Mehdi Tale Masouleh, an Iranian scientist with a Ph.D. in Mechanical Engineering (Robotics) from Laval University, Canada, takes us on a 2-hour tour of the world of Iranian robots.
Masouleh, who heads a team of 20 students majoring in mechanical and electrical engineering, has explained about each of the robots developed in Human-Robot Interaction Laboratory (HRILAB).
Here is IFP’s translation of excerpts from Jame Jam’s report:
Delta; Four-Armed Robots
“Four Degrees of Freedom” is a type of parallel robot, named Delta, which can move forward, backward and downward without any help. Thanks to its four agile arms, the robot is able to spin and do all the activities such as packaging in high speed.
The name, “Four Degrees of Freedom”, actually comes from the fact that it can move in four directions.
When asked about the meaning of Human-Robot interaction, Masouleh explained, “Here, we are trying to build robots that can acquire the knowledge of doing things from humans.”
“This is how it works,” he added, “A human takes the arms of the robot with his or her hands and guide it towards carrying out a special task for the first time.”
“When a novice robot wants to learn doing a new task, it gains the capability through interaction with humans, and then performs it automatically.”
This will lift the burden of writing mathematical equations and all the complexities at every level.
Experience of Flying with Guff-Stewart Robot
There is no doubt that all of us have a strong willingness to experience flying in the sky and steering an airplane. “Six Degrees of Freedom Pneumatic” robot realizes the dream.
“It is a flight simulator that provides student pilots with an opportunity to learn flying a plane,” Masouleh said.
He went on to say that not many engineers work on these parallel robots because controlling the air pressure in them is not an easy job and requires precise calculations.
“Guff-Stewart robot is controlled by special software and unlike the Delta robot, it does not have a close interaction with humans,” he went on to say.
Falcon is a parallel type, dental robot that provides the opportunity for dental students to participate in a practical program with realistic training courses.
“This is actually good news for those students who are scared of being trained on the teeth of a dead body.”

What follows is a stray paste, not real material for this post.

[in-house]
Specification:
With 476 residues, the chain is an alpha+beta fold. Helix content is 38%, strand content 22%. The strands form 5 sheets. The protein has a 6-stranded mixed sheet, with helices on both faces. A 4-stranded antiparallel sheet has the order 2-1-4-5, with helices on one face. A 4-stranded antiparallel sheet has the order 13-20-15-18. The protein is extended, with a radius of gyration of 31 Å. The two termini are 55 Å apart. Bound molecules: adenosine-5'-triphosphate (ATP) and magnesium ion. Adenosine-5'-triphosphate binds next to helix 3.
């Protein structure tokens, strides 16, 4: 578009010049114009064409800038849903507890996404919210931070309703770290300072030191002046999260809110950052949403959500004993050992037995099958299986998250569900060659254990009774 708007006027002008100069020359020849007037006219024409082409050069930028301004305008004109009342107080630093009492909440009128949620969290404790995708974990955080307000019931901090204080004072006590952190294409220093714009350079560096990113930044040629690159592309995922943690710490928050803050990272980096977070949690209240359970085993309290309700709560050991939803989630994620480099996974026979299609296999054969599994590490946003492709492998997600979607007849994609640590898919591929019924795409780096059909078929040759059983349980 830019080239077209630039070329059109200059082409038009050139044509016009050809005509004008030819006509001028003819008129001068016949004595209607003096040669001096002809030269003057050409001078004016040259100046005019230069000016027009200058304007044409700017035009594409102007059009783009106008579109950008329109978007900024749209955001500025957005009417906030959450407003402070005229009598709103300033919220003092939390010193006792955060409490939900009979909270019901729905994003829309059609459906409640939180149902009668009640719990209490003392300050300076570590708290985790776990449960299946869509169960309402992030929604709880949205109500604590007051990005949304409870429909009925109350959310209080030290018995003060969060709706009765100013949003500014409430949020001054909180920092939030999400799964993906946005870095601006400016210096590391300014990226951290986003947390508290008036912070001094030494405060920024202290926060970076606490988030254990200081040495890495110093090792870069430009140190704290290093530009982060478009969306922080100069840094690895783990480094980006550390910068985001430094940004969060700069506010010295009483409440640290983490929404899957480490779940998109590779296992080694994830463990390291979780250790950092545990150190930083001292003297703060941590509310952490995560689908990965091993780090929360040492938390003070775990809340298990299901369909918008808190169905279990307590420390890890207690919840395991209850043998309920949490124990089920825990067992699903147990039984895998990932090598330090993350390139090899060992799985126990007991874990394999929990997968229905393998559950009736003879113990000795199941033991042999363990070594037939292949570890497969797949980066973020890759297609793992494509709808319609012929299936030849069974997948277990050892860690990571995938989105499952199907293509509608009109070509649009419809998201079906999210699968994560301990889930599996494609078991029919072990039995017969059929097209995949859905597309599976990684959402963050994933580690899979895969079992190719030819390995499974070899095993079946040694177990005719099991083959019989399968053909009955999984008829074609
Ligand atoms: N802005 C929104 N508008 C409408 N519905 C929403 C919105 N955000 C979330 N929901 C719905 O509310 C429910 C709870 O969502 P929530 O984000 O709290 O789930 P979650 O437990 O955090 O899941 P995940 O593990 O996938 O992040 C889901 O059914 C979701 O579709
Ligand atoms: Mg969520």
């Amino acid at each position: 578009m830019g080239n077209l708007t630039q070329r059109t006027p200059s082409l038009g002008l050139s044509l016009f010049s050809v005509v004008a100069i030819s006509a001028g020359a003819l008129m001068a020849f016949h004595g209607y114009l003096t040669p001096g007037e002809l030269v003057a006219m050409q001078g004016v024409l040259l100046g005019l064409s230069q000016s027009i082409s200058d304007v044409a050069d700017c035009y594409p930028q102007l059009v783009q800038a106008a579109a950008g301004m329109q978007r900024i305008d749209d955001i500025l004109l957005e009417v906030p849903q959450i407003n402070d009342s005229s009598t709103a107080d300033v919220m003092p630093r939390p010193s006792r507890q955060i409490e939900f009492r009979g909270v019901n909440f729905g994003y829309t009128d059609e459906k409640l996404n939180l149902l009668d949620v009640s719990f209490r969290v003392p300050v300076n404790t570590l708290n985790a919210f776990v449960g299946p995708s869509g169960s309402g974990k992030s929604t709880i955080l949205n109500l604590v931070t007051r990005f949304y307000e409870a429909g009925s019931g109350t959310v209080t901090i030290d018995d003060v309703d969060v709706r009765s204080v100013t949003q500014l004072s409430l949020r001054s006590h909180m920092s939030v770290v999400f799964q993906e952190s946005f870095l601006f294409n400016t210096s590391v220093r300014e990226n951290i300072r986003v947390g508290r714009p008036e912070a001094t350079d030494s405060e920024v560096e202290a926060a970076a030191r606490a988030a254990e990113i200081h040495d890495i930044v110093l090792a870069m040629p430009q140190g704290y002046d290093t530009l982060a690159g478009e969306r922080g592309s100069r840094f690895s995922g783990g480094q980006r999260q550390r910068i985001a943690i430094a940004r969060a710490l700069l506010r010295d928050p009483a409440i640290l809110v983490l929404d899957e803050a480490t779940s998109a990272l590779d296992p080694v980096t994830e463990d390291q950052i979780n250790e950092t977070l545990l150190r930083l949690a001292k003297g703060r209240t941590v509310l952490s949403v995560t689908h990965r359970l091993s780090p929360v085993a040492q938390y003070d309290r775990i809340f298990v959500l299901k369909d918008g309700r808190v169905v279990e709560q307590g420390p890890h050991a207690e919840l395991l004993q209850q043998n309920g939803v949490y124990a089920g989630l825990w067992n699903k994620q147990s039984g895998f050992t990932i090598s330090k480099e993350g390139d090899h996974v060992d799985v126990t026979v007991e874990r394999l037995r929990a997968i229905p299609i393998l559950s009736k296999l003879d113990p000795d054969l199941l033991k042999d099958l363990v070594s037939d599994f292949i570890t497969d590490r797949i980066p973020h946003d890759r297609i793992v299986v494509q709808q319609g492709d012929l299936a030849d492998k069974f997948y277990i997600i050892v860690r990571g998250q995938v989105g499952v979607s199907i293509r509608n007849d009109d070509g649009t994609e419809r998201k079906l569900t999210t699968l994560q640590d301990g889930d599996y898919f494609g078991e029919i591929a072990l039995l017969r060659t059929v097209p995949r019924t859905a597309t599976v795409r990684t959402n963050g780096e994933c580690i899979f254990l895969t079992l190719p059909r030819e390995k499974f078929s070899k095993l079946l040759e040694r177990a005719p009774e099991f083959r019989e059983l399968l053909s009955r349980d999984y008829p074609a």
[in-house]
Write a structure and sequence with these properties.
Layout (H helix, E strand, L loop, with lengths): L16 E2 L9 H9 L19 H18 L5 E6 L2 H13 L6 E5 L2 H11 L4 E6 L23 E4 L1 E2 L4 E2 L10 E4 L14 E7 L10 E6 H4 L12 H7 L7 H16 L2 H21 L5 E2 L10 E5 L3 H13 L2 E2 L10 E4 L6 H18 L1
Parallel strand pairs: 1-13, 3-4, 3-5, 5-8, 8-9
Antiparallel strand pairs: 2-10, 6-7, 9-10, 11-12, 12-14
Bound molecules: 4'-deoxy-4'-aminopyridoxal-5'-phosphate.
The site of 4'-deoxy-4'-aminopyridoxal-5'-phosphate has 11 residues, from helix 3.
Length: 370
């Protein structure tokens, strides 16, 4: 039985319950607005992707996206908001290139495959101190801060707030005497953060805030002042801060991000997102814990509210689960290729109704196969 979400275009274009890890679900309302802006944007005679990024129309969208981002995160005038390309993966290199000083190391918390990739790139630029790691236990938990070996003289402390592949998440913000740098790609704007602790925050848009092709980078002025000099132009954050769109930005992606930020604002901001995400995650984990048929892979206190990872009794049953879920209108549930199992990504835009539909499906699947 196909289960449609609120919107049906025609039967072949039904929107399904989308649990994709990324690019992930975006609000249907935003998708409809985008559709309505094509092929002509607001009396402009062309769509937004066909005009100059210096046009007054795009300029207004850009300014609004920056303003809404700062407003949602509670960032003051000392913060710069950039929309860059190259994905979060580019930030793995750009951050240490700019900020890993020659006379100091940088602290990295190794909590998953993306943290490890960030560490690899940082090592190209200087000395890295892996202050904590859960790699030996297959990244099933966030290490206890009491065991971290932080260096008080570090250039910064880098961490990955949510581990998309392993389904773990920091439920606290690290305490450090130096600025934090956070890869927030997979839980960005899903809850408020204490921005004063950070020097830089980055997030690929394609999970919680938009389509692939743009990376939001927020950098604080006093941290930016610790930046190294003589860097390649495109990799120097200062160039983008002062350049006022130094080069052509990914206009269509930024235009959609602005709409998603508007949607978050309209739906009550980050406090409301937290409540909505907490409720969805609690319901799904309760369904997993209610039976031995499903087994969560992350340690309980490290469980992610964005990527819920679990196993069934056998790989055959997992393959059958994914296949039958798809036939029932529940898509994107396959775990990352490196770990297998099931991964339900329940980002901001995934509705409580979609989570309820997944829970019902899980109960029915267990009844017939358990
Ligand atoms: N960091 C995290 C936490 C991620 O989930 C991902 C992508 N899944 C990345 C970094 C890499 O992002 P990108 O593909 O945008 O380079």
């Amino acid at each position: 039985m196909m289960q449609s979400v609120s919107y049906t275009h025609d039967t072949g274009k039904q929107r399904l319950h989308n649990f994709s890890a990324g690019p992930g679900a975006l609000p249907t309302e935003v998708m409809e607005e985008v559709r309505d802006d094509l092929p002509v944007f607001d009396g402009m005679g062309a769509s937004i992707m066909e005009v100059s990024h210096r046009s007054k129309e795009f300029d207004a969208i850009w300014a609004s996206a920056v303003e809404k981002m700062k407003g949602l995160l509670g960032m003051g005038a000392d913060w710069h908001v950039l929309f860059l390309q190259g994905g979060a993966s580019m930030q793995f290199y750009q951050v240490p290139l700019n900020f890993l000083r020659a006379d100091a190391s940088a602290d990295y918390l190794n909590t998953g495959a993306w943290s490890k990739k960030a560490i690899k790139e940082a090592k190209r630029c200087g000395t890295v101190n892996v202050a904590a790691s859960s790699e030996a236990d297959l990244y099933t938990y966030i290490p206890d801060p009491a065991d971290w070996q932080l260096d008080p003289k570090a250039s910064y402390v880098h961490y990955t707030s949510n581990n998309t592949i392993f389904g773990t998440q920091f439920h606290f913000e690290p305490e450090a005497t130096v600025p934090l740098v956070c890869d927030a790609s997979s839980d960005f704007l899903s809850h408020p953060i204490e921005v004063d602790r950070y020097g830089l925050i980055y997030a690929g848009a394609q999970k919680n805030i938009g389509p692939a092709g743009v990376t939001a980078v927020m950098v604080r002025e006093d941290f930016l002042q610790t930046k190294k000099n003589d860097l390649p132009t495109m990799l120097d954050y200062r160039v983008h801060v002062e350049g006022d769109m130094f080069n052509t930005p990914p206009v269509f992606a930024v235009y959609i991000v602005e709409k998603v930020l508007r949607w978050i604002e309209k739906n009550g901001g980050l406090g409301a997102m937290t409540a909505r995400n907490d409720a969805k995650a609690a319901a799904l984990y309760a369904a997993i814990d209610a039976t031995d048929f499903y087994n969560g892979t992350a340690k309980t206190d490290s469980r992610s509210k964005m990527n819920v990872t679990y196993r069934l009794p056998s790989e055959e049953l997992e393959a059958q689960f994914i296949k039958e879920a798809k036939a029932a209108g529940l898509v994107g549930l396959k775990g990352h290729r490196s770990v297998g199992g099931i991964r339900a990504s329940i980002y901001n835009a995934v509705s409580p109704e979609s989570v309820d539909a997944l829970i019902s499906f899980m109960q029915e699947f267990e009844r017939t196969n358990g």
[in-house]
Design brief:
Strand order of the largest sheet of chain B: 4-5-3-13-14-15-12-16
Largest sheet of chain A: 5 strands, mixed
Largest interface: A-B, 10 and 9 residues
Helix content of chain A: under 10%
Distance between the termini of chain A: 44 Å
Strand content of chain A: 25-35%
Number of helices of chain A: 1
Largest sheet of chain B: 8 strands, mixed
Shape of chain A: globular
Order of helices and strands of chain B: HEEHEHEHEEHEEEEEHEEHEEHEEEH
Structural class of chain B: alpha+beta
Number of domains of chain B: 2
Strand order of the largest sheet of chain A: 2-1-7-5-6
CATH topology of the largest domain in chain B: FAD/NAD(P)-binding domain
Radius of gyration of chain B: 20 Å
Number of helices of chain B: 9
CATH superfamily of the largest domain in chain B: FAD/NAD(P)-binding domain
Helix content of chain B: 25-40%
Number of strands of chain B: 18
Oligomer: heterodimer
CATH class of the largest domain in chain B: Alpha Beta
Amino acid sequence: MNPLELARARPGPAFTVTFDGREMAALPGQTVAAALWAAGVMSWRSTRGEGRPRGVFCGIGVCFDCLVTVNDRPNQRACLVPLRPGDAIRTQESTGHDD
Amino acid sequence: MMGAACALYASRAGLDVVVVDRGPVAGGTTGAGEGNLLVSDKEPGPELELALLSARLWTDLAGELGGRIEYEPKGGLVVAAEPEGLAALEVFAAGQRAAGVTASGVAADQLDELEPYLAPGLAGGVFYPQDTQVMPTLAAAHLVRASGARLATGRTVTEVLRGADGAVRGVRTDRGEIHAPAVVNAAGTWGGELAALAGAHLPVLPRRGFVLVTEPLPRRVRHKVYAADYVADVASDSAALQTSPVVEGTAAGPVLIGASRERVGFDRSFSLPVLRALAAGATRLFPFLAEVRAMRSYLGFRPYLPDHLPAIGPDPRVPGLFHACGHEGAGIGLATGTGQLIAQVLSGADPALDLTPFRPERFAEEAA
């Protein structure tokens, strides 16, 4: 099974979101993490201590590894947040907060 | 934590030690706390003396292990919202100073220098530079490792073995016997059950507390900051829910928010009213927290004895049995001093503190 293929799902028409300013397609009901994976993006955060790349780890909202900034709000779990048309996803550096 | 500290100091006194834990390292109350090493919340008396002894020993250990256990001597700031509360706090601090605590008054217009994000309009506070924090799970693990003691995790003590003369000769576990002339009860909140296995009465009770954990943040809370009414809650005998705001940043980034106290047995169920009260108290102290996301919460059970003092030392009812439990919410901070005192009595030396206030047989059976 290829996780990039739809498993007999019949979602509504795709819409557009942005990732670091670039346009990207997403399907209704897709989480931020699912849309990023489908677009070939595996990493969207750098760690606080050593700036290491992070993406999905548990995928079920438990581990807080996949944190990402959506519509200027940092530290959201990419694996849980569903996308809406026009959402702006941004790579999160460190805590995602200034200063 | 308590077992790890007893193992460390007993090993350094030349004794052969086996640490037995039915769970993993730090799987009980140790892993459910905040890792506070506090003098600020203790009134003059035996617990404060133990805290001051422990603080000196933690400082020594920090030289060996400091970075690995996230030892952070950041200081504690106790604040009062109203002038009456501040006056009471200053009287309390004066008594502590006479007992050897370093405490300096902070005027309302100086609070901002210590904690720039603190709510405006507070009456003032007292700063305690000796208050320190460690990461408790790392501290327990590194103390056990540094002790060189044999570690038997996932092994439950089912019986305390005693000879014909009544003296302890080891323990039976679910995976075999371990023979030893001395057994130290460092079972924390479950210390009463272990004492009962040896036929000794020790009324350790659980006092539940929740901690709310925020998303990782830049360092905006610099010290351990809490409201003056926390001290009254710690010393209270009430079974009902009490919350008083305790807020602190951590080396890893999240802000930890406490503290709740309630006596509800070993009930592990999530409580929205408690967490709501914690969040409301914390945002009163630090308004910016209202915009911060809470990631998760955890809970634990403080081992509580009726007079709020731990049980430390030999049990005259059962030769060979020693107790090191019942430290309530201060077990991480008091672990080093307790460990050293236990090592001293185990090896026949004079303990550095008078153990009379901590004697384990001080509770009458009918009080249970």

Robot that Helps Autistic Children
Autism is a serious developmental disorder that impairs the ability to communicate and interact.
As individual and social problems are interwoven with the disorder, scientists from different countries have come to the conclusion that treating autism patients is more practical by using robots.
Scientists in the HRILAB have bought a robot called NAO from France, in an effort to change the angles of the patients’ look and the position of their heads.
“Our goal was to cultivate a relation between an autistic child and the environment,” Masouleh noted.
One of the scientists in the lab described their work as distinctive, saying, “Different countries have worked on the movements of these children’s hands and feet; however, no one has ever embarked on an autism treatment method as we do here.”
“A robot looking like a big eye caught our attention at the corner of the laboratory,” Jame Jam further reported.
The robot is equipped with image stabilization technology, and thus reduces the likelihood of taking blurry photos by moving the camera lens automatically to compensate for camera’s unwanted movements.
“It is installed under helicopters, for example, and shoots clear images,” Masouleh went on to say.
“It can also pursue a specific object on the user’s call. Hava Naja (Iranian Police Aviation Unit) commissioned us to design the robot.”
Robots Handle Dangerous Chemicals
The robot “Three Degrees of Transitional Freedom”, which is named after its Canadian counterpart, is the second robot of its type in the world that handles dangerous and hazardous chemicals in high-risk, industrial environments.
Extensive studies have been conducted in the HRILAB to upgrade the robot, so that it can make 3D prints with high precision and speed, Masouleh noted.
Humans-Robots Interaction Lab was established four years ago. If you are a fan of robotics, feel free to visit the Lab’s website (http://fnst.ut.ac.ir/hor-lab) and enjoy a free tour of the Lab’s equipment and robots.